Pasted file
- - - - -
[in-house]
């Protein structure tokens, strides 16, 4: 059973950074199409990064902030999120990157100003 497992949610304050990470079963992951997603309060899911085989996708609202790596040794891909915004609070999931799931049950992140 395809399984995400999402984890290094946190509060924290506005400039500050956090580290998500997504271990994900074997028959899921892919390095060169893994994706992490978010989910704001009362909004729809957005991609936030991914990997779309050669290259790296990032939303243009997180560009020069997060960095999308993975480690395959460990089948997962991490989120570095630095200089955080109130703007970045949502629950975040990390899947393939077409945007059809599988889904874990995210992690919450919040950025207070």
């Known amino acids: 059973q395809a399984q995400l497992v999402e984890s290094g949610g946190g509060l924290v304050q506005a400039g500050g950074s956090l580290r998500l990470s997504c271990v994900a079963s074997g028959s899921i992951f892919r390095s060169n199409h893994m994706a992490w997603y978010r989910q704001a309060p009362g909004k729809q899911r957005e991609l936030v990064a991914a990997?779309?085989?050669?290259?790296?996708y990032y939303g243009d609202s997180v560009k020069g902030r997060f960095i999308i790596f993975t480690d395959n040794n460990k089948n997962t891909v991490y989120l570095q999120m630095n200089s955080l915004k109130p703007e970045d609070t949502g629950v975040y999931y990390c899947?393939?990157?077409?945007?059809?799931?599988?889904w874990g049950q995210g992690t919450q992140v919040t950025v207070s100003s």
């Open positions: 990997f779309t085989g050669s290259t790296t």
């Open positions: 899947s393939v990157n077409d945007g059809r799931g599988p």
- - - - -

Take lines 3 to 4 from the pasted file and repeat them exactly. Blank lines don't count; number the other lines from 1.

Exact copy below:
């Known amino acids: 059973q395809a399984q995400l497992v999402e984890s290094g949610g946190g509060l924290v304050q506005a400039g500050g950074s956090l580290r998500l990470s997504c271990v994900a079963s074997g028959s899921i992951f892919r390095s060169n199409h893994m994706a992490w997603y978010r989910q704001a309060p009362g909004k729809q899911r957005e991609l936030v990064a991914a990997?779309?085989?050669?290259?790296?996708y990032y939303g243009d609202s997180v560009k020069g902030r997060f960095i999308i790596f993975t480690d395959n040794n460990k089948n997962t891909v991490y989120l570095q999120m630095n200089s955080l915004k109130p703007e970045d609070t949502g629950v975040y999931y990390c899947?393939?990157?077409?945007?059809?799931?599988?889904w874990g049950q995210g992690t919450q992140v919040t950025v207070s100003s």
């Open positions: 990997f779309t085989g050669s290259t790296t």